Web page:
Review by Cole Groth
Ireland is making waves at this year’s Academy Awards. While The Banshees of Inisherin and its nine nominations will outshadow The Quiet Girl, it’s important to realize that the latter is the first ever Irish-language film to be nominated at the Oscars. While this drama, directed by Colm Bairéad in his directorial debut, doesn’t carry high stakes and is occasionally dull, it’s a powerful and emotional tale that’ll tug at your heartstrings.
The Quiet Girl (in Irish called An Cailín Ciúin) follows nine-year-old Cáit (Catherine Clinch), an appropriately quiet girl growing up with a large family in rural Ireland. Her parents, unfortunately, are neglectful and seem to forget that Cáit even exists. After her mother becomes pregnant again, they send her off to live with her distant cousin, Eibhlín (Carrie Crowley), and her husband, Seán (Andrew Bennett).
For the first time in Cáit’s life, she’s shown what true parental love can be like. Eibhlín is immediately warm to her, but Seán is withdrawn at first. Over time, he grows fond of her, and by the end of the film, Cáit’s bond with the two is remarkable. While this plot won’t hold the attention of viewers looking for something exciting, it’s a remarkably beautiful coming-of-age story.
This film would not work nearly as well without the tremendous work of Catherine Clinch. At 12 years old, Clinch delivers one of the strongest child performances in years as the timid lead. There’s much beauty to be found in her subdued performance, which is also supported by the brilliant work of Carrie Crowley and Andrew Bennett. This film is about familial bonds, and these three actors do a stunningly good job of seeming like a real family.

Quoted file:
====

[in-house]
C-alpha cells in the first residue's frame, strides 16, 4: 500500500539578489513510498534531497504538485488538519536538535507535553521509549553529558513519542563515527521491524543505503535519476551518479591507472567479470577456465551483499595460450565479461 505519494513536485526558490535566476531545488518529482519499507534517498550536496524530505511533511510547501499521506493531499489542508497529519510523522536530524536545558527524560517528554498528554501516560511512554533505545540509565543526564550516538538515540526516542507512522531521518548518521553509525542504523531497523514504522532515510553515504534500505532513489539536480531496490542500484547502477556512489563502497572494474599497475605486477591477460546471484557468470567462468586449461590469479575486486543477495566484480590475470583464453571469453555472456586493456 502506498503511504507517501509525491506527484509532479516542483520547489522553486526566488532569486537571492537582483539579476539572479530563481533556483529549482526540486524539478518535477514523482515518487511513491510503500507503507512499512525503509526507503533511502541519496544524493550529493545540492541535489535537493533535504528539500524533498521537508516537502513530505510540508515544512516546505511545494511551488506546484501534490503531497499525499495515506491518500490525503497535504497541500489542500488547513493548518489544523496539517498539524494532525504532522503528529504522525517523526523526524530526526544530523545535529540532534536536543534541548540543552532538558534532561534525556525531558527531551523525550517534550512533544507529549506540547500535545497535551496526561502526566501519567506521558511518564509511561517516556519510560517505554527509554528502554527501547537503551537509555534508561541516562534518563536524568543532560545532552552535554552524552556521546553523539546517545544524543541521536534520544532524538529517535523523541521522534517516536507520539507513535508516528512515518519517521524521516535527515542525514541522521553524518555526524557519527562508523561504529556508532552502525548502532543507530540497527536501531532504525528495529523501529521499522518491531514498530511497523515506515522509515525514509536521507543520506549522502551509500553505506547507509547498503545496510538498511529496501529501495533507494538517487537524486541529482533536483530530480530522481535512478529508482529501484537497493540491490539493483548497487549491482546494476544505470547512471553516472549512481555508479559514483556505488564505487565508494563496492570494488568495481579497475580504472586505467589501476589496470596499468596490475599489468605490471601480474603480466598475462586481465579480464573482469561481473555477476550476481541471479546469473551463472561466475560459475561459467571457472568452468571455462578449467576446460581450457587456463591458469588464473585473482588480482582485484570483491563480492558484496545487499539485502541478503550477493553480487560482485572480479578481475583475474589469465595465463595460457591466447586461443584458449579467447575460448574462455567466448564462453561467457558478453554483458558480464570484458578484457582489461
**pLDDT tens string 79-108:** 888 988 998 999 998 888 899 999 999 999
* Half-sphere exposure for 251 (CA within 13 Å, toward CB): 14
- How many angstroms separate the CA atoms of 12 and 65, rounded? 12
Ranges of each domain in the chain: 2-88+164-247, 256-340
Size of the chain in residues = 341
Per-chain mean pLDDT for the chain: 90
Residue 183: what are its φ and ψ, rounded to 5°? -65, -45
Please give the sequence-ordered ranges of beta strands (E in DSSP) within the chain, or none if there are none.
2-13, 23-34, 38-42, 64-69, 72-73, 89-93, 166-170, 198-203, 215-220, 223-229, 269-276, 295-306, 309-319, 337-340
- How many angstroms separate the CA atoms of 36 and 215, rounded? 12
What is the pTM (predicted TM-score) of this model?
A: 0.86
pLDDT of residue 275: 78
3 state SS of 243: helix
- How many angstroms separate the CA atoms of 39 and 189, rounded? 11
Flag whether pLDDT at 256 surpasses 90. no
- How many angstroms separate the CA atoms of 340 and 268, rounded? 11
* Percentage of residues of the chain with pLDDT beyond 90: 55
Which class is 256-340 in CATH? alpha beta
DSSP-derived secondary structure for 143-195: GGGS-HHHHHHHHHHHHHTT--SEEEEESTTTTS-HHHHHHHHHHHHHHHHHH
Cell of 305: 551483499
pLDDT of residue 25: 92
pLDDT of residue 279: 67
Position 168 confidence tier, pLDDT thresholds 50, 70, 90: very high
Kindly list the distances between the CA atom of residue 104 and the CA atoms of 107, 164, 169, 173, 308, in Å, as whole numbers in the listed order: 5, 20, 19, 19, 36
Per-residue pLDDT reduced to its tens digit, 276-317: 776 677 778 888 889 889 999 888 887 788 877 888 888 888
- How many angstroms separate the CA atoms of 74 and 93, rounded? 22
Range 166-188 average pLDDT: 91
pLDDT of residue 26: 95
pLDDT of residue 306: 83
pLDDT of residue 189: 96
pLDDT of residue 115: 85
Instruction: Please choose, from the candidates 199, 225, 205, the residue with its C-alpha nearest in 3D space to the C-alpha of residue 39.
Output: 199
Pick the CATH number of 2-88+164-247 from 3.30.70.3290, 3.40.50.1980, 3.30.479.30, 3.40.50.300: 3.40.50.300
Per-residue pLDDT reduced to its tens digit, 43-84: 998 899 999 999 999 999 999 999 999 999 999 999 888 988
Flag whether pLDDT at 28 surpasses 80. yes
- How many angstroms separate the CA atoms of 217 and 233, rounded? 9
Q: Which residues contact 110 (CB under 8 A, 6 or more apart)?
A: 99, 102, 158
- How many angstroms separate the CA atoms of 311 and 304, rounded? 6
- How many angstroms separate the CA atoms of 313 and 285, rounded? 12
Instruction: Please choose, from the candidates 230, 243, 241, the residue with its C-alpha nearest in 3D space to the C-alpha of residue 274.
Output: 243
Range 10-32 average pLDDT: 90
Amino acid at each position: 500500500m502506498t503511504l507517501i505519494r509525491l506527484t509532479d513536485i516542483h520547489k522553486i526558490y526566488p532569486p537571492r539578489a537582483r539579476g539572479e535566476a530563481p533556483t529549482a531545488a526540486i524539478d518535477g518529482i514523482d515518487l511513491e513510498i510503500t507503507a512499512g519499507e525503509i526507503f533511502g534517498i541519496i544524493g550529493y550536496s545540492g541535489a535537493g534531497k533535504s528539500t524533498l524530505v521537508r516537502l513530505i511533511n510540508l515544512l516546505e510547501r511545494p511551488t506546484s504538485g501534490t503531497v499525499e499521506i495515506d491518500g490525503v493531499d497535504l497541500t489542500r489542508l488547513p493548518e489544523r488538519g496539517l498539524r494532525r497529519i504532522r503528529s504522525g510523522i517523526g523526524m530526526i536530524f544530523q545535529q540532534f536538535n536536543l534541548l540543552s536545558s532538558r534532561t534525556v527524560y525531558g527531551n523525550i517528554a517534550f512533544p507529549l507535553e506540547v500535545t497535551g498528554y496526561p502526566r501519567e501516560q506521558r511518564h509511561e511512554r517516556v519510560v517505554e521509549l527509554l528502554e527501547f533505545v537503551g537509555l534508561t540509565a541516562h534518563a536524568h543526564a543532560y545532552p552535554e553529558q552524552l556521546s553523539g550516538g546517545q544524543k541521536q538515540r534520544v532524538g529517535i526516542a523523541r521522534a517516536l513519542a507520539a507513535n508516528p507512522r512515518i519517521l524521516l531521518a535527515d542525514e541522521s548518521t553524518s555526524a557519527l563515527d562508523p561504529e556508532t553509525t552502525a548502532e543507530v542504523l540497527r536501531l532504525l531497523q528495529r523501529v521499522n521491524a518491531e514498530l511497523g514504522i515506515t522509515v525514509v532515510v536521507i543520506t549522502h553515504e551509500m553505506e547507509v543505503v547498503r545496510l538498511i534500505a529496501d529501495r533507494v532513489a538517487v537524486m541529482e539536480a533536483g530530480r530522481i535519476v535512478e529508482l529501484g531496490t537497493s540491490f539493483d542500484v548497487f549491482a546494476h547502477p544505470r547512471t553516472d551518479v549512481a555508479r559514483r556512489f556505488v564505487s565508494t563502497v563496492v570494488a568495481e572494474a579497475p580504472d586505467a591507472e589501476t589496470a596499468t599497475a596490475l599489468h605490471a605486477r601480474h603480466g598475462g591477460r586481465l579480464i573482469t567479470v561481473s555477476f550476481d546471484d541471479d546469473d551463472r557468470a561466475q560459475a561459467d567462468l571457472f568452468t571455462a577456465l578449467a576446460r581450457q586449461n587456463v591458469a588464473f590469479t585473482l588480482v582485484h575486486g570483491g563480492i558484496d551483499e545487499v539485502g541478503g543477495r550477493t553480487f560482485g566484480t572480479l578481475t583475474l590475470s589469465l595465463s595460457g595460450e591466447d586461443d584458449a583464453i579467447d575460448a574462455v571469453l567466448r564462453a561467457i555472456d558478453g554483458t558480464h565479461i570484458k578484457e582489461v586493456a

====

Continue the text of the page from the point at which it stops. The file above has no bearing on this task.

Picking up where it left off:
Director Colm Bairéad packs each scene with subtle details of grief, parenthood, and family-building. Subtle flashbacks and cuts reveal details that explain more of the relatively limited story of the two surrogate parents. Bairéad’s script, adapted from Claire Keegan’s short story "Foster," does an incredible job of drawing emotion out of each interaction, and his ending will leave viewers feeling a wide array of emotions. The cinematography from Kate McCullough and the editing from John Murphy are beautiful and enhance the script immensely.
As far as this year’s Oscar nominees go, The Irish Girl isn’t nearly as in your face. That isn’t to say that it doesn’t deserve your attention, though. While it seems unlikely to win the Oscar, seeing a film like this receive a nomination is nice. It’s a powerful piece of media that highlights important issues and will undoubtedly leave a mark on many viewers. In 94 minutes, Colm Bairéad will give you a different perspective on family, and that’s worth so much more than the time it takes to watch.
The Quiet Girl releases in theaters starting February 24.